Using social network measures in wildlife disease ecology, epidemiology and management
Oxford university Press (OUP) for American Institute of Biological Sciences
© The Author(s) 2017. Published by Oxford University Press on behalf of the American Institute of Biological Sciences. This is an Open Access article distributed under the terms of the Creative Commons Attribution License (http://creativecommons.org/licenses/by/4.0/), which permits unrestricted reuse, distribution, and reproduction in any medium, provided the original work is properly cited.
Contact networks, behavioural interactions and shared use of space can all have important implications for the spread of disease in animals. Social networks enable the quantification of complex patterns of interactions, and therefore network analysis is becoming increasingly widespread in the study of infectious disease in animals, including wildlife. We present an introductory guide to using social network analytical approaches in wildlife disease ecology, epidemiology and management. We focus on providing detailed practical guidance for the use of basic descriptive network metrics by suggesting the research questions to which each technique is best suited and detailing the software available for each. We also discuss how using network approaches can be used beyond the study of social contacts, and across a range of spatial and temporal scales. Finally, we integrate these approaches to examine how network analysis can be used to inform the implementation and monitoring of effective disease management strategies.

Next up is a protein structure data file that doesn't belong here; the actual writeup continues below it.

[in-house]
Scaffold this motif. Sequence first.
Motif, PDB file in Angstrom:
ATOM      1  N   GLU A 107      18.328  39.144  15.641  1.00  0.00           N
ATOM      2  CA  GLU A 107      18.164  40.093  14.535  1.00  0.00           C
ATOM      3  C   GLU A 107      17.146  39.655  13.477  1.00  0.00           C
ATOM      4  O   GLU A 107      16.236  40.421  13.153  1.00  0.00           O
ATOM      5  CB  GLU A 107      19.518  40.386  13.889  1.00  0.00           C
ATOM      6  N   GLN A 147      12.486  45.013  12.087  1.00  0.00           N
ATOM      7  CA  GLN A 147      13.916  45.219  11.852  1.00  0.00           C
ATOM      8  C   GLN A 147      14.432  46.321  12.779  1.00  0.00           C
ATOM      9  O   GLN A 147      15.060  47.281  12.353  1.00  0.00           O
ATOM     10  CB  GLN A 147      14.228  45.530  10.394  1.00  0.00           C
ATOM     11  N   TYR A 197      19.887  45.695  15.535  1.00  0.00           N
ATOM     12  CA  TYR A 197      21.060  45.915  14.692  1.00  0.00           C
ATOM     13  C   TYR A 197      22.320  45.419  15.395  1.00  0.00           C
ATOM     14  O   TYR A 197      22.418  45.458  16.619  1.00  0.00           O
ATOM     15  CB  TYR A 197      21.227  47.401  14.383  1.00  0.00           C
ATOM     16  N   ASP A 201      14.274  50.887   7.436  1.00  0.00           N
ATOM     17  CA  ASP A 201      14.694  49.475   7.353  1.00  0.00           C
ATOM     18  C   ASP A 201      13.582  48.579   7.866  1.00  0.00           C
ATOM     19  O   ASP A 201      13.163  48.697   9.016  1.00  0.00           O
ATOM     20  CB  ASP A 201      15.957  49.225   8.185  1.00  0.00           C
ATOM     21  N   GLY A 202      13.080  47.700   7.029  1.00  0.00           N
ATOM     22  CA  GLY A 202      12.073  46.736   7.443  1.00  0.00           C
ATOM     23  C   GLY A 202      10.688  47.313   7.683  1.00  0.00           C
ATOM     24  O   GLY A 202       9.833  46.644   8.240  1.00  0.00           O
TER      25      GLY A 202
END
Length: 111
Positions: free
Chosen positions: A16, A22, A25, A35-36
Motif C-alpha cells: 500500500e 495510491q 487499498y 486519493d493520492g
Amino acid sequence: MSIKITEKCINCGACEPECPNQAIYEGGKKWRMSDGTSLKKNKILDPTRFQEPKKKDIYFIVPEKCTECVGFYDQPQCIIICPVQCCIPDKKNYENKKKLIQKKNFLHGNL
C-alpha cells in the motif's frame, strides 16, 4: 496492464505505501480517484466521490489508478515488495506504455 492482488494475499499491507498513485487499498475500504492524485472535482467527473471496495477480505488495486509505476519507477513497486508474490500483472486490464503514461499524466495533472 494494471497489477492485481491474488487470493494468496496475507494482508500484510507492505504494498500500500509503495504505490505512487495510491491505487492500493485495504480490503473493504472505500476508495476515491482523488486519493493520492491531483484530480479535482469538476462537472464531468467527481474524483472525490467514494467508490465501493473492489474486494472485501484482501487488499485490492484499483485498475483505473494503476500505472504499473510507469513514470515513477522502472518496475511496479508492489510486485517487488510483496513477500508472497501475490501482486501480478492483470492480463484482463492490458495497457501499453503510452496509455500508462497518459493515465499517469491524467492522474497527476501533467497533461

MS is funded by a NERC standard grant (NE/M004546/1) awarded to RM, DC, DH and MB, with the Animal and Plant Health Agency team at Woodchester Park, UK (lead scientist is RD) as project partners.
This is the author accepted manuscript. The final version is available from Oxford University Press via the DOI in this record.
Vol. 67 (3), pp. 245-257